Latest answer posted July 31, 2019 10:46 am UTC

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God's Grandeur

Gerard Manley Hopkin's poem "God's Grandeur" is written in "sprung rhythm," a term Hopkins himself coined. The poem is broken into two stanzas, an octave followed by a sestet, and comprised of...

Latest answer posted April 29, 2018 3:57 pm UTC

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God's Grandeur

In the first quatrain, Hopkins tells us that the world is charged with the grandeur of God. What he means by this is that the presence of God is deeply embedded in every single aspect of his...

Latest answer posted November 17, 2019 7:24 am UTC

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God's Grandeur

"God's Grandeur" is what's called a Petrarchan sonnet. This is a poem consisting of fourteen lines with a rhyme scheme of abbaabba cdcdcd. Petrarchan sonnets are divided into an octave (eight...

Latest answer posted May 9, 2018 6:41 am UTC

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God's Grandeur

According to the speaker of the poem, human beings have alienated themselves from God by ceasing to fear divine punishment, "his rod," and by separating themselves from God's creation of nature....

Latest answer posted November 22, 2019 1:00 pm UTC

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God's Grandeur

The sacramental principle refers to the idea that God's presence is everywhere and that God's grace is available to people through everyday interactions with others and with nature. In his poem...

Latest answer posted April 7, 2019 5:23 pm UTC

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God's Grandeur

Before attempting to analyze any of Hopkins's poetry, it is important to know that he was a devout Catholic and a Jesuit priest. His conception of the natural world was that it was a manifestation...

Latest answer posted May 23, 2018 9:35 pm UTC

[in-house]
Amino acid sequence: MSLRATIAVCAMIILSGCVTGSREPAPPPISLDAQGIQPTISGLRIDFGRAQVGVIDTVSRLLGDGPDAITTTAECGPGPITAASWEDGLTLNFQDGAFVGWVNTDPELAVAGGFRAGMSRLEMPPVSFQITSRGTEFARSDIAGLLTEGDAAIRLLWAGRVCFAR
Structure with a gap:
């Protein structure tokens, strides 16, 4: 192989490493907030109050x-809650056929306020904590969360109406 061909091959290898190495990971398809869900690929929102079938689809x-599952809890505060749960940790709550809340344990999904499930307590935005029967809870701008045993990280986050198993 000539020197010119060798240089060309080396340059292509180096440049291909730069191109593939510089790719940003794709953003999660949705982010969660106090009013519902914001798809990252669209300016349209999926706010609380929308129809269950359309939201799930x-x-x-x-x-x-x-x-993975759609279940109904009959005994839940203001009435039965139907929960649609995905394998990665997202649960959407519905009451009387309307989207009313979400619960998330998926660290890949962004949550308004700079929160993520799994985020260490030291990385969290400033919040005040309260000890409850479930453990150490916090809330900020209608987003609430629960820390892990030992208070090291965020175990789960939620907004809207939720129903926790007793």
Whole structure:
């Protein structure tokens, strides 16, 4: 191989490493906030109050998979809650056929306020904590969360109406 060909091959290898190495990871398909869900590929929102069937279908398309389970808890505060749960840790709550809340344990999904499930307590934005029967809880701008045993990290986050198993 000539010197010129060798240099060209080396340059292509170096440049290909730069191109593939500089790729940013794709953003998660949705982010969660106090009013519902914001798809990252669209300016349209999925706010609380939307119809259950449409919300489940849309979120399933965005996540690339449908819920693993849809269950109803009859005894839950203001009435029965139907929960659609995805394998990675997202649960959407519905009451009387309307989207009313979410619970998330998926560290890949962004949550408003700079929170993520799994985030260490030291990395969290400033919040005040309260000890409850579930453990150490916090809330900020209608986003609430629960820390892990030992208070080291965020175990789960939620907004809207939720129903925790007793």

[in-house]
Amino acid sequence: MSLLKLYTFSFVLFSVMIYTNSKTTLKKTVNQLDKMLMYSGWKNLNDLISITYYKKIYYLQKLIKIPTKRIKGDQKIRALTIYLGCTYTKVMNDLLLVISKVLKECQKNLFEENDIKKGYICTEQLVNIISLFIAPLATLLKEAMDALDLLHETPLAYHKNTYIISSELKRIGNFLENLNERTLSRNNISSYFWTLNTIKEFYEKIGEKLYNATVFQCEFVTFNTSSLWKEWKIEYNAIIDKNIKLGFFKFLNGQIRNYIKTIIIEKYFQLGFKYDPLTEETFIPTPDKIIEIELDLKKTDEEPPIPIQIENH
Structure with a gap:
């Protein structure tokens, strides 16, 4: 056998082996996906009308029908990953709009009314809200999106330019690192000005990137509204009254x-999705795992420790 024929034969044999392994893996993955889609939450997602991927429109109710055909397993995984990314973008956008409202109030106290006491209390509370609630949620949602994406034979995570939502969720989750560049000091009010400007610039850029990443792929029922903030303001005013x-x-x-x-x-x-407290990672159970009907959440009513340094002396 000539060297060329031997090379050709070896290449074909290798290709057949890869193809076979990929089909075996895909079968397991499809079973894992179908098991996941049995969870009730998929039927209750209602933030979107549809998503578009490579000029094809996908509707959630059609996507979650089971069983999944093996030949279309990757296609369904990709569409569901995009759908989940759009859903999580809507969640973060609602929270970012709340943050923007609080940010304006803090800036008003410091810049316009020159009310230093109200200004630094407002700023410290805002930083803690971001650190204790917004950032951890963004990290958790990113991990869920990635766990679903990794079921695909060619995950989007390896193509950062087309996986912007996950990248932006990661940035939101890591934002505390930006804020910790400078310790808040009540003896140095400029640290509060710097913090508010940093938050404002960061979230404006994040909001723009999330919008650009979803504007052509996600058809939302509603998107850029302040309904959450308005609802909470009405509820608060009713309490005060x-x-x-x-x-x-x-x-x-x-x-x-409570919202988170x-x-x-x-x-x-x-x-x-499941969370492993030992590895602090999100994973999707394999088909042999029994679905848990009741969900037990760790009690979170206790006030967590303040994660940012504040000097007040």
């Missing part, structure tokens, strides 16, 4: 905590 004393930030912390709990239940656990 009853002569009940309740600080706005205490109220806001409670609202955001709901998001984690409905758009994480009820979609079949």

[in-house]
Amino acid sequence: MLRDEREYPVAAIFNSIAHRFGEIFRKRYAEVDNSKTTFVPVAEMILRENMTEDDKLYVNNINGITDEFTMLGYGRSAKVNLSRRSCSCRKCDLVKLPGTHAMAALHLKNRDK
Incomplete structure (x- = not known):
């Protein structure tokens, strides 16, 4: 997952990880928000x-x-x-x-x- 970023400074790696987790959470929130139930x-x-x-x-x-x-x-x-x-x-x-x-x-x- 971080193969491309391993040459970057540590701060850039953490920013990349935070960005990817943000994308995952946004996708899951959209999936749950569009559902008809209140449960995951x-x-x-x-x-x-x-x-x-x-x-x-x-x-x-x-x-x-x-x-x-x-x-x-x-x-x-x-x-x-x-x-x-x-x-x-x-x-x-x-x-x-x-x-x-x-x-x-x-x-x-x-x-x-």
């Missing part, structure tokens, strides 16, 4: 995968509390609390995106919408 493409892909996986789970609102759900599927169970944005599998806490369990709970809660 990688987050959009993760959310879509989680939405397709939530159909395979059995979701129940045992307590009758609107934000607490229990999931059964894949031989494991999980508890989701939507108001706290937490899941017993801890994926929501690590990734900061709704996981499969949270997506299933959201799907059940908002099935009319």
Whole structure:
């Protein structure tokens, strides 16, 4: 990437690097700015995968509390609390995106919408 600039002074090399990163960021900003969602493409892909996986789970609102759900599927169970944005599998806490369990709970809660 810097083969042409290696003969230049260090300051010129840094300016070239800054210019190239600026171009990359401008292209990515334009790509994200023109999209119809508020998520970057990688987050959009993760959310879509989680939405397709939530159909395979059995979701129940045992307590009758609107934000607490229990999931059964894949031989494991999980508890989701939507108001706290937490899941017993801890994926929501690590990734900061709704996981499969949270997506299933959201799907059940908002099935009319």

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God's Grandeur

There are two stanzas in the poem "God's Grandeur" by Gerard Manley Hopkins. The poem is a Petrarchan sonnet which consist of fourteen lines. The first stanza of this poem consists of eight...

Latest answer posted May 6, 2013 8:52 pm UTC

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God's Grandeur

In "God's Grandeur," poet Gerard Manley Hopkins does not prove to us that nature is kind and generous. Instead, he makes a faith statement about God's goodness and grandeur. It is the Holy Spirit...

Latest answer posted June 16, 2018 10:12 am UTC

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God's Grandeur

In the poem "God's Grandeur," the poet, or speaker, is unhappy with human beings because he feels that they do not respect the natural world. The natural world is, the speaker proposes, the...

Latest answer posted November 18, 2019 8:10 pm UTC

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God's Grandeur

Syntax, or the structure and order of words, is particularly evident in this poem in the way that Hopkins uses the order of words and his sentence construction in order to reinforce his central...

Latest answer posted May 1, 2013 11:05 am UTC

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God's Grandeur

Throughout his poetry, Hopkins uses a form of poetic rhythm called sprung rhythm, which is supposed to reproduce the rhythms of everyday speech. In very simple terms—because discussions of sprung...

Latest answer posted April 5, 2020 5:56 pm UTC

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God's Grandeur

The eighth line of this poem is particularly tricky, I think, because there is only one word in the whole line that has more than one syllable: being. So, we are on our own for all of the...

Latest answer posted April 8, 2020 6:26 pm UTC

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God's Grandeur

The last line of "God's Grandeur" is a classic example of sprung rhythm, a technique invented by Hopkins to make his poems sound more like the spoken word. To this end, he places stressed syllables...

Latest answer posted April 15, 2020 1:30 pm UTC

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God's Grandeur

Hopkins uses the invocation of God in the poem to establish what he sees as essential in the world. The poem can be appreciated outside of the domain of religion, as well. For example, if one...

Latest answer posted August 8, 2013 12:05 pm UTC